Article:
* 30-year yield falls below 20-year yield, curve inverted
* Nikkei climbs 3.5 pct to above 13,000 for 1st time in nearly 5 years
* Yen hits 3-1/2-year low after BOJ's decision on Thursday
By Dominic Lau and Ayai Tomisawa
TOKYO, April 5 (Reuters) - Japanese shares jumped to near five-year highs and government bond prices rose sharply on Friday, with the long-end of the yield curve inverting, a day after the Bank of Japan announced extraordinary stimulus measures to reignite the world's third-largest economy.
The massive stimulus steps promise to inject about $1.4 trillion into the economy in less than two years by buying government bonds across the yield curve as well as riskier exchange-traded funds.
Yields on benchmark 10-year Japanese government bonds sank as much as 12 basis points to a record low of 0.315 percent on Friday morning, while Tokyo's Nikkei stock average jumped as much as 4.7 percent to above 13,000 points for the first time since August 2008.
"It's the biggest day in my career," said Stefan Worrall, director of equity cash sales at Credit Suisse.
Worrall described it as a "reverse earthquake in terms of the flow", comparing it with a massive sell-off right after the earthquake and tsunami that hit Japan in March 2011.
"This is moved by the BOJ yesterday, and it was the action from many interested investors who have yet to participate in the rally, who were sitting on the sidelines wanting to see action after all of the hype and talk from the BOJ and Abe."
The benchmark Nikkei has surged 51 percent since mid-November when Prime Minister Shinzo Abe unveiled in his election campaign expansionary fiscal and monetary policies to pull Japan out of deflation.
The Nikkei was up 3.5 percent at 13,080.97 by late Friday morning, with volume at 14 percent above its full daily average for the past 90 trading days.
The yen hit a 3-1/2-year low of 97.06 to the dollar after dropping 3.6 percent on Thursday, its biggest one-day fall since October 2008.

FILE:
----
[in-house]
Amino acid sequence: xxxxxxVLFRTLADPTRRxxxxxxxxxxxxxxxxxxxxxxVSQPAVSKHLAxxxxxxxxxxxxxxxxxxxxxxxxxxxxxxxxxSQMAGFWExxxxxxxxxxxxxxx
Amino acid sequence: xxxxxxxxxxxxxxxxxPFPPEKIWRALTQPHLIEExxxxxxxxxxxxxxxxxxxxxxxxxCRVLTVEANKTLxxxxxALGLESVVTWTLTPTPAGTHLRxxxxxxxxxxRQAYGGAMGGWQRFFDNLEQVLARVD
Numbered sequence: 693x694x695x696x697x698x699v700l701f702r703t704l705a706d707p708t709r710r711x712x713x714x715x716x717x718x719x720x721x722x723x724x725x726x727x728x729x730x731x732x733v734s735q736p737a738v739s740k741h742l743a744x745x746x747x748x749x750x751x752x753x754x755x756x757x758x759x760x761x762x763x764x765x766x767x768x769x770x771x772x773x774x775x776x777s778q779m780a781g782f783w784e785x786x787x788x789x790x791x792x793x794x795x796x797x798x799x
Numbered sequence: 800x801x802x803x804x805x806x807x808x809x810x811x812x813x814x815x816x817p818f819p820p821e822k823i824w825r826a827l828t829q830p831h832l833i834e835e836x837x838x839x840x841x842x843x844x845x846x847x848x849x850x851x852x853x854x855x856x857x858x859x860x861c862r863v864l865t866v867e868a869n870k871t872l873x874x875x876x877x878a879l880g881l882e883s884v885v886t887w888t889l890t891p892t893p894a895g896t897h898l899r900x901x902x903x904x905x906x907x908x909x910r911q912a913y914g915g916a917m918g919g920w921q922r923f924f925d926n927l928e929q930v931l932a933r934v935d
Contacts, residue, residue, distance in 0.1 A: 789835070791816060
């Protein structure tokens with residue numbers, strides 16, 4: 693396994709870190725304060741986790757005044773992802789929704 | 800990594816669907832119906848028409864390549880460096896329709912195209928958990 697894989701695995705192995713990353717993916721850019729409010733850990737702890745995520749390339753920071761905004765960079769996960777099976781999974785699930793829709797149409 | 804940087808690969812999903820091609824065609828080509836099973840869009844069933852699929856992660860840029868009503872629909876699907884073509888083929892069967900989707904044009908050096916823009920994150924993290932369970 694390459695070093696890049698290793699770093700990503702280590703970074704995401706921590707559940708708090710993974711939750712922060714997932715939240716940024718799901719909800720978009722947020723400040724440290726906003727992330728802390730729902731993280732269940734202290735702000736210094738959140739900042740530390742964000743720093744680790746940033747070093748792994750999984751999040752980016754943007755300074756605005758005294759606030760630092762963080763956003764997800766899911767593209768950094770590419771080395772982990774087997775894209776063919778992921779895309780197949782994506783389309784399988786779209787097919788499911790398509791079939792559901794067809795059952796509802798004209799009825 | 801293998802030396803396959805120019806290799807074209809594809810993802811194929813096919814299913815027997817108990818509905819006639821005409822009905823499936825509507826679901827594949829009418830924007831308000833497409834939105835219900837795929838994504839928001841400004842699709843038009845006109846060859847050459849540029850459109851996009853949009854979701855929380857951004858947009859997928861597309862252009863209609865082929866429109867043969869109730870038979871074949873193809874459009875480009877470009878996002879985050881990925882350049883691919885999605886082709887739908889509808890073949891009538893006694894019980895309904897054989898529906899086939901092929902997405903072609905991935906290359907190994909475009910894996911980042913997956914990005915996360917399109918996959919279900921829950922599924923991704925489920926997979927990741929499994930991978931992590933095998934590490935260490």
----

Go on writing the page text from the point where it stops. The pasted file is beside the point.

Shares in real estate companies jumped 14.3 percent and financial firms also rose sharply as they were expected to benefit most from the reflationary drive, which will see the central bank double its monetary base to 270 trillion yen ($2.80 trillion) by the end of 2014.
The BOJ's policy is unmatched in scope even by the U.S. Federal Reserve's own quantitative easing programme. The Fed may buy more debt, but the Japanese central bank's stimulus is much larger as a proportion of the economy.
INVERTED YIELD CURVE
In the JGB market, 10-year futures reached a record high of 146.41 and the 30-year yield fell below that of 20-year debt, resulting in an unusual yield curve inversion.
Naomi Muguruma, senior fixed-income strategist at Mitsubishi UFJ Morgan Stanley Securities, said the curve inverted for the first time "in a long time," but it may be a temporary phenomenon.
"The supply/demand balance between 20- and 30-year JGBs was kind of distorted by the BOJ's announcement to purchase the longer end of the curve," Muguruma said.
"It could continue for a while, but we cannot say for sure unless the BOJ's actual purchases begin, and that might change investors' behavior," she said.
"Those who used to purchase 30-years would probably avoid buying at lower yields than the 20-year, so those investors would switch to 20-years and the inversion would be corrected. I think that's the rational reaction expected from investors."
The 30-year yield was last quoted at 1.010 percent, below that of 20-year's 1.040 percent.
Yields on 10-year JGBs fell 2 basis points to 0.415 percent, paring earlier declines, while 10-year futures shed 0.34 point to 145.70 as investors pocketed some profits.
"Many investors who were not even interested in Japan before have opened their eyes ... They realised that if they continue to look at Japan the way they did before, they are going to lose," said Tetsuro Ii, the chief executive of Commons Asset Management.
In terms of stock valuations, Japanese equities carry a 12-month forward price-to-earnings ratio of 14.1, slightly more expensive than the U.S. S&P 500's 13.7 but below its 10-year average of 16.3, according to Thomson Reuters Datastream.